Chipper1959
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Location: Cowansville Qc Canada

Re: Varnish Process

Post by Chipper1959 » Fri Jun 28, 2013 6:17 am

There was a post on the Techniques forum describing how to use a brown paper bag to get rid of dust nibs. I wanted to try it but completely forgot when the time came.

Search in the techniques forum for "paper bag".

alick burt
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Re: Varnish Process

Post by alick burt » Fri Jun 28, 2013 4:54 pm

Hi Folks
I go along with most of what has been said here but would like to add a couple of things I have found useful.The first is that I was always told to leave the first coat in particular a good long time to dry it should be "bone hard"or putting more material on top of it just makes things take longer to dry.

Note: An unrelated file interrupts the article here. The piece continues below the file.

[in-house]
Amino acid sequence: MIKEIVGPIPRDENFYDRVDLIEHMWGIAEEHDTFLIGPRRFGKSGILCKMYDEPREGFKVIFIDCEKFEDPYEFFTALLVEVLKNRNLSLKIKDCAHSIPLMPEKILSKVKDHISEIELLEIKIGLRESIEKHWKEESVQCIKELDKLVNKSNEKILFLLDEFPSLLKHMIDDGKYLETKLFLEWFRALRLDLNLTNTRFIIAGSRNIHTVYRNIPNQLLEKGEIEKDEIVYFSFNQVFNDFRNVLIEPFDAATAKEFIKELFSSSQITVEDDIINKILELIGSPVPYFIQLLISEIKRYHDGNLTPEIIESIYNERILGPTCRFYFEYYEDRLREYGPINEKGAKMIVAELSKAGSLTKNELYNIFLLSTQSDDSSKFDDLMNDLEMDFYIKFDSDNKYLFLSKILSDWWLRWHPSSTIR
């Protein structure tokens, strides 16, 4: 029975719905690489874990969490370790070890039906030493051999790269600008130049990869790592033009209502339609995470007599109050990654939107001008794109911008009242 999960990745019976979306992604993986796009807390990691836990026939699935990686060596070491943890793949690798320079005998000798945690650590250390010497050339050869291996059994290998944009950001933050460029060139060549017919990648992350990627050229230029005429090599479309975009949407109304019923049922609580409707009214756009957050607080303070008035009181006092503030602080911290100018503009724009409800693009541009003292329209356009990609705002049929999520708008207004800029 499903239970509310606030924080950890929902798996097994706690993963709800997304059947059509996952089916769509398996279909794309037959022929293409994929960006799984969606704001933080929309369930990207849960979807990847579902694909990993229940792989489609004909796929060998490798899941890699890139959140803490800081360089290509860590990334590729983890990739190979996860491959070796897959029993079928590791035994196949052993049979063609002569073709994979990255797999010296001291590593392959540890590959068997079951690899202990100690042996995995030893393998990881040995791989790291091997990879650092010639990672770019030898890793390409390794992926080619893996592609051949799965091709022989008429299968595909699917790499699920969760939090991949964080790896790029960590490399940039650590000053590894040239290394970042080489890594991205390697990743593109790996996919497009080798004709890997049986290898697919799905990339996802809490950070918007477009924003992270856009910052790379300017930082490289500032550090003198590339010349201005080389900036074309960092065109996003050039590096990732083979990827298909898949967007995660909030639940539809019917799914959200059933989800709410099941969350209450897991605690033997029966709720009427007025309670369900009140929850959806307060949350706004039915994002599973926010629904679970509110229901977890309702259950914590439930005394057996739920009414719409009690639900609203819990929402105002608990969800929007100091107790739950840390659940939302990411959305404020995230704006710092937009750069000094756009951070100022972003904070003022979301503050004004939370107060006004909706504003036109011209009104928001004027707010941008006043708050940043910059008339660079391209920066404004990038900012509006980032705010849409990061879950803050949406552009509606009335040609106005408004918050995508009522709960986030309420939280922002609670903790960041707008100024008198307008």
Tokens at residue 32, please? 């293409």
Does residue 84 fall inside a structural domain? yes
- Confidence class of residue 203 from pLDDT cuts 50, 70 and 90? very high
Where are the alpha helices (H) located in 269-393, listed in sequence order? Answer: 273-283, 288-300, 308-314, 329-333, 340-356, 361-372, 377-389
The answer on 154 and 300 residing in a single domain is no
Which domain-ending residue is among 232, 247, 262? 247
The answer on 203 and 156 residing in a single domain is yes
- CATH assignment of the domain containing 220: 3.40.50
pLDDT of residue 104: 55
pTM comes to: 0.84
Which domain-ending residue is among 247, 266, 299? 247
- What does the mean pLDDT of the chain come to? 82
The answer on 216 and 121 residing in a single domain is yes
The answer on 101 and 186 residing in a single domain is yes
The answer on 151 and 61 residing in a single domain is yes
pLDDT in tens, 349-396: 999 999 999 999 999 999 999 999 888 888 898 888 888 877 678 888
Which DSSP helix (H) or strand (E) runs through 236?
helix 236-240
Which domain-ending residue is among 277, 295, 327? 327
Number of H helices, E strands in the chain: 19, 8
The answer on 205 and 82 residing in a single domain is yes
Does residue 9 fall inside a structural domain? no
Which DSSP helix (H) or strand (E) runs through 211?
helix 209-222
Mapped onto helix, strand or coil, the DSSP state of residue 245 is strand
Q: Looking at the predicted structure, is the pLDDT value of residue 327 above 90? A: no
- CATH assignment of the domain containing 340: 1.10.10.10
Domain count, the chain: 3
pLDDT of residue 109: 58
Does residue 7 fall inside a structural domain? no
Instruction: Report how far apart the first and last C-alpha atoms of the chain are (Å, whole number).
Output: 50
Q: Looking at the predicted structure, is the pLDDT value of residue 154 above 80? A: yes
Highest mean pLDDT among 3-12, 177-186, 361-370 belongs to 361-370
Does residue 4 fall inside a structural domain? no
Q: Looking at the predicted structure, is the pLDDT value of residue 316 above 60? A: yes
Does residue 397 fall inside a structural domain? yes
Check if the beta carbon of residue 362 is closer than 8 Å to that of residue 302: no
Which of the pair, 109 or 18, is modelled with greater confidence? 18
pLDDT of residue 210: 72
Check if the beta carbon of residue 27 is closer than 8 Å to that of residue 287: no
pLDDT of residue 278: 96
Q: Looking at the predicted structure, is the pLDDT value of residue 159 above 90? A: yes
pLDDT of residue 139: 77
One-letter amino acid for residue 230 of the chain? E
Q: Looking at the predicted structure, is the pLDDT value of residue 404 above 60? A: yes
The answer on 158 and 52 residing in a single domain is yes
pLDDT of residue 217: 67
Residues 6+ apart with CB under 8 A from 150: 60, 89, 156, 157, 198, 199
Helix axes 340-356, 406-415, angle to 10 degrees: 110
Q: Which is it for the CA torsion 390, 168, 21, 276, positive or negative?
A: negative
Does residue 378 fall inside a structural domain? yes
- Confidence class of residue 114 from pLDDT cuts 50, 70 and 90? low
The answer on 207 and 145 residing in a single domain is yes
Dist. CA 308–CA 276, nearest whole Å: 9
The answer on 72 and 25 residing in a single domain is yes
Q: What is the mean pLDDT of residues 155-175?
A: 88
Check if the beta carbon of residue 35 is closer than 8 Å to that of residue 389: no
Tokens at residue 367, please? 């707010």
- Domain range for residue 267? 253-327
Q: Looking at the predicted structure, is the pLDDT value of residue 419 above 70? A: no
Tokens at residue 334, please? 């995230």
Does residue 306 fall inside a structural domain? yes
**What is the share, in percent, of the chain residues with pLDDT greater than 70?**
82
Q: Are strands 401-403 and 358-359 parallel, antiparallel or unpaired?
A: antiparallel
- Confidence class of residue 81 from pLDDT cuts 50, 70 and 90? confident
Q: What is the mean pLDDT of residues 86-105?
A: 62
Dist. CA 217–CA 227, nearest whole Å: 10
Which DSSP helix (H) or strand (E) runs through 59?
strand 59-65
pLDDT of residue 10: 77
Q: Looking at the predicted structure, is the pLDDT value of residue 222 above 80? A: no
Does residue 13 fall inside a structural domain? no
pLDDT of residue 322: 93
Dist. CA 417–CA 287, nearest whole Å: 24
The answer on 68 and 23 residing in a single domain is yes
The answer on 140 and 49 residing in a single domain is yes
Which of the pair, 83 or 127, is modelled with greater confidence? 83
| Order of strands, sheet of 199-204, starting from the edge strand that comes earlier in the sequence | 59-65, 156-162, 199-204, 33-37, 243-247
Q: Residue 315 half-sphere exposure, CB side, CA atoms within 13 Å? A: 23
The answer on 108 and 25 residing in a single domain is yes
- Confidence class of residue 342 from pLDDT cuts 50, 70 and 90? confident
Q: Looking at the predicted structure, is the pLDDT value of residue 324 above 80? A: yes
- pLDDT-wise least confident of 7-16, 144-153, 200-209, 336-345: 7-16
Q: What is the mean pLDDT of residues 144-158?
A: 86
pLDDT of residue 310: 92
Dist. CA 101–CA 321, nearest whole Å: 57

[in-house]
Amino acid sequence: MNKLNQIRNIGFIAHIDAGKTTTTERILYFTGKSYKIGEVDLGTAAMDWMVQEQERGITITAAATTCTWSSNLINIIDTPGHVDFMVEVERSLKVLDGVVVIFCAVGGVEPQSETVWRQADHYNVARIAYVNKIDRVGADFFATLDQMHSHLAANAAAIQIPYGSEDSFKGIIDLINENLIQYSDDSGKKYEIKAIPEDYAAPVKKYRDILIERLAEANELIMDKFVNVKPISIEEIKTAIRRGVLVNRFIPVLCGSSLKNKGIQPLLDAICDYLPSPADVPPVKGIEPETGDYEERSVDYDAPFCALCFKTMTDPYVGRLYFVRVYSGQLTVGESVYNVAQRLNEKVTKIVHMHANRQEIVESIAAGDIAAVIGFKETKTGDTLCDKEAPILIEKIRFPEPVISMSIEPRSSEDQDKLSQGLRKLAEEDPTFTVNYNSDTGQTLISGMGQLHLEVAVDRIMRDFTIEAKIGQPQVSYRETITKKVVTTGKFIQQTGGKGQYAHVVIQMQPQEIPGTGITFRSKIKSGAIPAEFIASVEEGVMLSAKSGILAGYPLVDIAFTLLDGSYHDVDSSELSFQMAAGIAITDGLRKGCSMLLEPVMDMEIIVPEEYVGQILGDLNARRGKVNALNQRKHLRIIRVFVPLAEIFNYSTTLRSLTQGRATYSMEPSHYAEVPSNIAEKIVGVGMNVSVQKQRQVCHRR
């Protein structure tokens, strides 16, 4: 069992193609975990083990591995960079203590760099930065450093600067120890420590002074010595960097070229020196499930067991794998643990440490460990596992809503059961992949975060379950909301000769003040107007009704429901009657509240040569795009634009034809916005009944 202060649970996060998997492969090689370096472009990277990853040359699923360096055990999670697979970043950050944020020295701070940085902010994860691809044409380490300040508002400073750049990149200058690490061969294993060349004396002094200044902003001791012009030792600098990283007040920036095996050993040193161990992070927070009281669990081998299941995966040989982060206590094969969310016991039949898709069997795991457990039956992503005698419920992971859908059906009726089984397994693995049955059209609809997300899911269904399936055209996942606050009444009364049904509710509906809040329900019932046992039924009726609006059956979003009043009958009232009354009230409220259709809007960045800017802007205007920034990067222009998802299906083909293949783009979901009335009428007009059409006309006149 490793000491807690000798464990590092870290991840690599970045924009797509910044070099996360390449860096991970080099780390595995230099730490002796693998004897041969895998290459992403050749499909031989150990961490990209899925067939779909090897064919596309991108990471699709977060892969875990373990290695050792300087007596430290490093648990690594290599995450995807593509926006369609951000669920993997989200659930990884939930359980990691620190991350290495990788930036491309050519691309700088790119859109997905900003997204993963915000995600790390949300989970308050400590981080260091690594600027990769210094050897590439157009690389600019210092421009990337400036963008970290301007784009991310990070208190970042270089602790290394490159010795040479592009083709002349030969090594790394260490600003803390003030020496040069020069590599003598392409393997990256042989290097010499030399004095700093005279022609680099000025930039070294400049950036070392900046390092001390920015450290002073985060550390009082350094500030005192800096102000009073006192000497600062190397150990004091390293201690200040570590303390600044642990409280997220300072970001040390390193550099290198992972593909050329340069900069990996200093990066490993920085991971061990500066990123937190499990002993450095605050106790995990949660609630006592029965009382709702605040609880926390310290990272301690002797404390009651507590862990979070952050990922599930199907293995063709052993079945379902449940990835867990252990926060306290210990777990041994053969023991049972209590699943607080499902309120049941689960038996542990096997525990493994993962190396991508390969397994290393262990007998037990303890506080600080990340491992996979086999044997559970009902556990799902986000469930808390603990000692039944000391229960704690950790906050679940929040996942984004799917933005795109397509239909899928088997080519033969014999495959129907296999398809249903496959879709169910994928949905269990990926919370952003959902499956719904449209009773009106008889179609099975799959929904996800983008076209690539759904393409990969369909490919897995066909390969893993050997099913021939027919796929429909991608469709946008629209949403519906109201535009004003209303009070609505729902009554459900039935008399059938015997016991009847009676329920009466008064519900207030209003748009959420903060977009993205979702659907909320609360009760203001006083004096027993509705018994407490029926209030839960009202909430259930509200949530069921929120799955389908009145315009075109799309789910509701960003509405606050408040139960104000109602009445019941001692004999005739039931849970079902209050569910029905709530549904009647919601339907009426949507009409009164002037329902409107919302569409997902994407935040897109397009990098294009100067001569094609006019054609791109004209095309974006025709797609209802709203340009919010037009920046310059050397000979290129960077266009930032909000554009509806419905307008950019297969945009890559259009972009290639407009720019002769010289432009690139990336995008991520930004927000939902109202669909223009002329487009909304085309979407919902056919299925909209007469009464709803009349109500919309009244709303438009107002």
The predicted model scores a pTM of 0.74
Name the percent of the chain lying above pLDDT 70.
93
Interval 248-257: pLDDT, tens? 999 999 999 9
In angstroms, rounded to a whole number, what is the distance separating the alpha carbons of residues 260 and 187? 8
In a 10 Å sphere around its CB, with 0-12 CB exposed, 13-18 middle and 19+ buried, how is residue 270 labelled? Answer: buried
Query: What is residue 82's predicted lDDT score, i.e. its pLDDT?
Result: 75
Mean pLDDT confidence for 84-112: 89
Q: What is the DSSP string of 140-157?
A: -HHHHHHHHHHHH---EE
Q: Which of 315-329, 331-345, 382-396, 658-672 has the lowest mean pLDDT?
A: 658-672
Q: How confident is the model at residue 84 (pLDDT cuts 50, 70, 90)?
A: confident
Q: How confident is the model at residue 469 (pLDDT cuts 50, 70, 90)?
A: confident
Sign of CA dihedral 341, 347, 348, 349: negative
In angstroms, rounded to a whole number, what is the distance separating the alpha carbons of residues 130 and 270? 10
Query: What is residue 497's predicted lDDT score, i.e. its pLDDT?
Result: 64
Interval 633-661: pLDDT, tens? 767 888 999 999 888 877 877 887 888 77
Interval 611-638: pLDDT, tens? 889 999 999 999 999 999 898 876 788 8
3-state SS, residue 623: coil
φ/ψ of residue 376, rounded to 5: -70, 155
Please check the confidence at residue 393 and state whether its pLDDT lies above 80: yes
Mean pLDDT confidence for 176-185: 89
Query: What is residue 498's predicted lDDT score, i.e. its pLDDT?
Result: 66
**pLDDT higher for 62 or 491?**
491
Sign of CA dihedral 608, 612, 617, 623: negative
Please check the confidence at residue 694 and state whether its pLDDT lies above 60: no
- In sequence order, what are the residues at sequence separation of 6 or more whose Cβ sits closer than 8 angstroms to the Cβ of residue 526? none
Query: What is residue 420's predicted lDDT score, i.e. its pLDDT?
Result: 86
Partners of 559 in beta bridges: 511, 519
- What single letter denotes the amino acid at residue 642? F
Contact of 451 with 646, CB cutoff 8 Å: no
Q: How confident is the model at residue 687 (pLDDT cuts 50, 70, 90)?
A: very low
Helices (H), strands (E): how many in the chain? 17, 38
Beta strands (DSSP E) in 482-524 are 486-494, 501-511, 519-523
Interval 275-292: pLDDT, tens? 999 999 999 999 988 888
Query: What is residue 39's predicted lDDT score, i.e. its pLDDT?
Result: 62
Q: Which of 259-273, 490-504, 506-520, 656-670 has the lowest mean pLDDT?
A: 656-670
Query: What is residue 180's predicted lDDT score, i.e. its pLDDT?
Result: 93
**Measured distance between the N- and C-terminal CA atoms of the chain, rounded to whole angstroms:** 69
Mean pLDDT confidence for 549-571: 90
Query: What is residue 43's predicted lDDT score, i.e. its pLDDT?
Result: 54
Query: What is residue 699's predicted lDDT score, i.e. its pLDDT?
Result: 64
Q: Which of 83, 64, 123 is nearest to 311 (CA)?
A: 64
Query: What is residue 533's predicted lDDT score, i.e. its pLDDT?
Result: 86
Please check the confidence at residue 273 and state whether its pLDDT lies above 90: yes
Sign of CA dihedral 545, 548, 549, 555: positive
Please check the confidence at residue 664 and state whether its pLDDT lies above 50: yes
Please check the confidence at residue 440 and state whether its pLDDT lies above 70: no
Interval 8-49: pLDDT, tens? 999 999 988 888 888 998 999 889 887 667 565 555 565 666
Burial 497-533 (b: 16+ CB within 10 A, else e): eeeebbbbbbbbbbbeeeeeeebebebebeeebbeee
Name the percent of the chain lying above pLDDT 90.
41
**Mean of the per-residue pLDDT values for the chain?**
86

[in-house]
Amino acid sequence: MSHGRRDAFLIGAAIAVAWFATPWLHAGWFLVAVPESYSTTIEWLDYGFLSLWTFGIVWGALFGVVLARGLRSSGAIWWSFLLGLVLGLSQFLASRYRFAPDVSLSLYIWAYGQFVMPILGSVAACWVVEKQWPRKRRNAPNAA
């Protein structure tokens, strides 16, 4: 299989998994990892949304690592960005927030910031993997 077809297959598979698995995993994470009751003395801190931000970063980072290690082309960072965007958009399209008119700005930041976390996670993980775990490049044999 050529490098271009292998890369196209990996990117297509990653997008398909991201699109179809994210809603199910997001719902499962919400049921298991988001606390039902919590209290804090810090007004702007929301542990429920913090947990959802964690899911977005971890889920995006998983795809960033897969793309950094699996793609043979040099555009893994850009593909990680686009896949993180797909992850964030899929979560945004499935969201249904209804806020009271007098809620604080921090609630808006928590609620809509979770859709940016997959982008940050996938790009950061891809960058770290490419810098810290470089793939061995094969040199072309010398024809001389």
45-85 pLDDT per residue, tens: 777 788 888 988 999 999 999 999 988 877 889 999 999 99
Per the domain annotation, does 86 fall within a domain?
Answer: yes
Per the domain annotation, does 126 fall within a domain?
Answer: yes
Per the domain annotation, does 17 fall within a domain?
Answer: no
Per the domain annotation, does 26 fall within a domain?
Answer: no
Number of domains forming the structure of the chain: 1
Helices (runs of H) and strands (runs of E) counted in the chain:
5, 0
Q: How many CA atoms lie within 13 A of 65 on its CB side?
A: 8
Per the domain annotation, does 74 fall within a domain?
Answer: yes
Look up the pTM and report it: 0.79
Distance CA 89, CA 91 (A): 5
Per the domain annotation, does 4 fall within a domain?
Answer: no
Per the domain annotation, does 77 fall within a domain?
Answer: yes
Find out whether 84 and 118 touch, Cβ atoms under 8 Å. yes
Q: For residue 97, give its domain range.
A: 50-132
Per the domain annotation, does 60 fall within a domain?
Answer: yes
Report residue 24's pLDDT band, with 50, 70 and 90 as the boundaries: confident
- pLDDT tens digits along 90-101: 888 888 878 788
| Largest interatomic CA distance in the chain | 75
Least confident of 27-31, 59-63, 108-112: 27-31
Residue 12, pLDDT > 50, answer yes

Second was that it is very important to stir the varnish well.(I had one boat that took ages to dry and i think this was the cause.I rang the varnish maker( Flag) and they told me that if it is'nt well stirred the thicker component ends up at the bottom of the can and it doesn't dry properly!
If you are rubbing down with wet and dry I have also heard that rain water is better than tap water though I haven't had any problems with the latter.
Cheers
Alick